This Broad Agency Announcement (BAA) specifically focuses on supporting the development of promising biodefense therapeutic candidates/products with broad spectrum therapeutic activity against viruses or bacterial pathogens. This solicitation also focuses on supporting development of promising anti-toxins as biodefense therapeutic candidates/products, particularly small molecule therapeutics with anti-toxin activity. The research and development activities supported through this BAA will allow candidate therapeutic countermeasures to progress through the product development pipeline toward licensure by the FDA.

Broad spectrum activity is a characteristic that enables a particular product to mitigate biological threats across a wide range or class of agents. There are a number of traditional threats for which effective treatments are either non-existent, of limited usefulness, or vulnerable to both naturally emerging and intentionally engineered antibacterial and antiviral resistance. A limited number of anti-infectives with broad spectrum activity directed at common, invariable, and essential components of different classes of microbes could potentially be effective against both traditional and non-traditional threats. This approach would allow a small number of drugs to replace dozens of pathogen-specific drugs for emergency use. Additionally, strategies to overcome bacterial and viral drug resistance could extend the clinical utility of existing broad spectrum anti-infectives and have immediate benefits. Moreover, broad spectrum treatments directed towards host targets or human immunological responses to infection have the potential to be effective against one or more diseases. For instance, targeting host receptors and cellular processes to treat infections can directly prevent or treat diseases. As well, targeting immune response mechanisms may be an effective way to reduce morbidity and mortality by controlling the host responses that contribute to disease or by non-specifically activating the host's natural immune defenses to induce a faster, more potent protective response. These approaches could provide clinical utility when used alone or in combination with conventional anti-infectives.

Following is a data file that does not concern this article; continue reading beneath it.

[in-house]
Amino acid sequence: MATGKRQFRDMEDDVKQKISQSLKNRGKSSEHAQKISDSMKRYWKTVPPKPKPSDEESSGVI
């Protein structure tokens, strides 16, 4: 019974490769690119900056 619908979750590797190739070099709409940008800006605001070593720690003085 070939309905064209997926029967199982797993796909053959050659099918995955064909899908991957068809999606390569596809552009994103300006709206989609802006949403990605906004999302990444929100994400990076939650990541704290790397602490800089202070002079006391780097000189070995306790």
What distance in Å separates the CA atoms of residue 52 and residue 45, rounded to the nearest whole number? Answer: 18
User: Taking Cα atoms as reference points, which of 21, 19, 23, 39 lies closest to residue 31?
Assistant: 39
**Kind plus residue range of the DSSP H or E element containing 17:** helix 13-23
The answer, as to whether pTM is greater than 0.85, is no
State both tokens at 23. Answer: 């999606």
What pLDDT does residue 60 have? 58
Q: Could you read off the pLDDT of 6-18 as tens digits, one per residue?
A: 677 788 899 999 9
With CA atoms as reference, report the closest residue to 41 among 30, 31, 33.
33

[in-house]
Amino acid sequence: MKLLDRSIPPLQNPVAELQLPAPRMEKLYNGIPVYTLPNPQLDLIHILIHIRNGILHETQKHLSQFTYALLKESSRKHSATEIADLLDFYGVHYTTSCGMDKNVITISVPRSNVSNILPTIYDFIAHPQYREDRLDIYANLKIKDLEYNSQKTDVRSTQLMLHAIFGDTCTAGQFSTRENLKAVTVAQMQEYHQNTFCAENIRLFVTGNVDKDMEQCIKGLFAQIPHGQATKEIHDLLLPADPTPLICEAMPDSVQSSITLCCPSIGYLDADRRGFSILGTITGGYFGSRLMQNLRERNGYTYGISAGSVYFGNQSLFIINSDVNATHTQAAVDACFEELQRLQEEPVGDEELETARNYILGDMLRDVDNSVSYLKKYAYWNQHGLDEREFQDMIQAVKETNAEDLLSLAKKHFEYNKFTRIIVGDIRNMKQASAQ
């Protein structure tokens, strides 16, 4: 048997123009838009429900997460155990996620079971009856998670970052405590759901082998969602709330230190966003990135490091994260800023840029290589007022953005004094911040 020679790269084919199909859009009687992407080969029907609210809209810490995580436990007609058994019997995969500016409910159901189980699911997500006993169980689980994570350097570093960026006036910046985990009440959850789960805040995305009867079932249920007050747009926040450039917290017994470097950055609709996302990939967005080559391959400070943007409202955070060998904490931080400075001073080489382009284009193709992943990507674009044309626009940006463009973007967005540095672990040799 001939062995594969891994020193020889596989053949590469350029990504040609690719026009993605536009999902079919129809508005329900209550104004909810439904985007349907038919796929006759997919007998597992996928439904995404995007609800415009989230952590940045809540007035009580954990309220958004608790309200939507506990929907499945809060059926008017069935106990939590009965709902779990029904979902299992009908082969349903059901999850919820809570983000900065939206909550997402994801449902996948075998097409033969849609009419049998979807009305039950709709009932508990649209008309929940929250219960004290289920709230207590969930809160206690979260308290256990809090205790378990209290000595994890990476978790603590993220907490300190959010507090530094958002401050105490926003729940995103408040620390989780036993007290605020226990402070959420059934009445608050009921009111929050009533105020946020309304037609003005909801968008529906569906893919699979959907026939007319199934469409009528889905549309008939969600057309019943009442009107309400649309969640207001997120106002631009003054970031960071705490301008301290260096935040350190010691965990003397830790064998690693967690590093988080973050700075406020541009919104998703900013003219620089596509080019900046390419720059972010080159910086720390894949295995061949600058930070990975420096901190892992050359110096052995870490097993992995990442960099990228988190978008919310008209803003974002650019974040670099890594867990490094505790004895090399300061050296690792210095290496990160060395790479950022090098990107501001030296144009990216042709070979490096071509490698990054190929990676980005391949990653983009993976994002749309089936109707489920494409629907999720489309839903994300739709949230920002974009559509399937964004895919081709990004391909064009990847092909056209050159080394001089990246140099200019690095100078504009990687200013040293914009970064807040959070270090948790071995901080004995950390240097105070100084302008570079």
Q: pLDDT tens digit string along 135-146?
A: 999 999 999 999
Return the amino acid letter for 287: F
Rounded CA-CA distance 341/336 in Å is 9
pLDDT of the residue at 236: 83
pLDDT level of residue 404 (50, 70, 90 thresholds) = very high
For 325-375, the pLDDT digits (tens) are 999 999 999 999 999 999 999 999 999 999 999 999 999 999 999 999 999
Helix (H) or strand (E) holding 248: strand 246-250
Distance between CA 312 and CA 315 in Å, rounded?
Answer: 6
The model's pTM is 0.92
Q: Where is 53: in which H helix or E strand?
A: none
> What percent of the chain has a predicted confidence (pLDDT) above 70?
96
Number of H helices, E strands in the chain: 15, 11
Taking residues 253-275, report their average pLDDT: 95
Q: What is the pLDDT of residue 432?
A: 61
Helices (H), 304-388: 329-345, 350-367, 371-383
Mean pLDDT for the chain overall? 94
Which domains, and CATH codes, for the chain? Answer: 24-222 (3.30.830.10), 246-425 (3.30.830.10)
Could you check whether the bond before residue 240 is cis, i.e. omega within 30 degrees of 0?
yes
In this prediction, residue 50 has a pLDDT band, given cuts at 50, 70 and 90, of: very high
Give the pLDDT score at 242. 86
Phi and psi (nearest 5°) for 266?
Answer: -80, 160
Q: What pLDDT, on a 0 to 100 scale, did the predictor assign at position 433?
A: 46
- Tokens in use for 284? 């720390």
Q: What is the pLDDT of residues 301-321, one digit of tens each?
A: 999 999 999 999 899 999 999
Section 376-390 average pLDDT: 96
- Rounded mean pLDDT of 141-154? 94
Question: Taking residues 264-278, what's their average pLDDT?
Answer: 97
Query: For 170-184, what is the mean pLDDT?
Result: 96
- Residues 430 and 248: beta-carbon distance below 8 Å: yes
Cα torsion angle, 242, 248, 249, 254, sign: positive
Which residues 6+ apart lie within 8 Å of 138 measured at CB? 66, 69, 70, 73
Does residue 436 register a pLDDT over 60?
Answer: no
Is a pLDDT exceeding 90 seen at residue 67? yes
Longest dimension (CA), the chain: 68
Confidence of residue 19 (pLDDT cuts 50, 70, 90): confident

For the purposes of this BAA, the ideal "promising" broad spectrum therapeutic candidate is defined as a single agent that meets the following three criteria/definitions:

a) A drug (synthetic or natural product) or a biological product (e.g. monoclonal antibody or a recombinant protein) intended for use in the cure, mitigation, or treatment; AND

b) A single agent with demonstrated activity in appropriate in vitro assays and in vivo models against more than one selected bacterial or viral pathogen ; AND


c) An agent that either has completed or will have completed evaluation in a Phase 1 clinical trial within the 5-year contract period of performance. Phase 1 clinical trial completion is defined as completion of a Final Clinical Study Report following International Conference on Harmonization (ICH) Guidelines on Structure and Content of Clinical Study Reports E3.

Toxins are poisonous substances, especially protein, produced by living cells or organisms that are capable of causing or exacerbating disease when introduced into the body tissues. While bacteria that produce toxins may often be eliminated by the use of antibiotics during an infection, disease may still occur or may progress because of the presence of toxins produced by the pathogen. In addition, toxins may be isolated and themselves be introduced into body tissues and thereby cause disease and death, as in the case of ricin. Treatments are needed to target specific toxins in order to cure or mitigate disease caused by those toxins.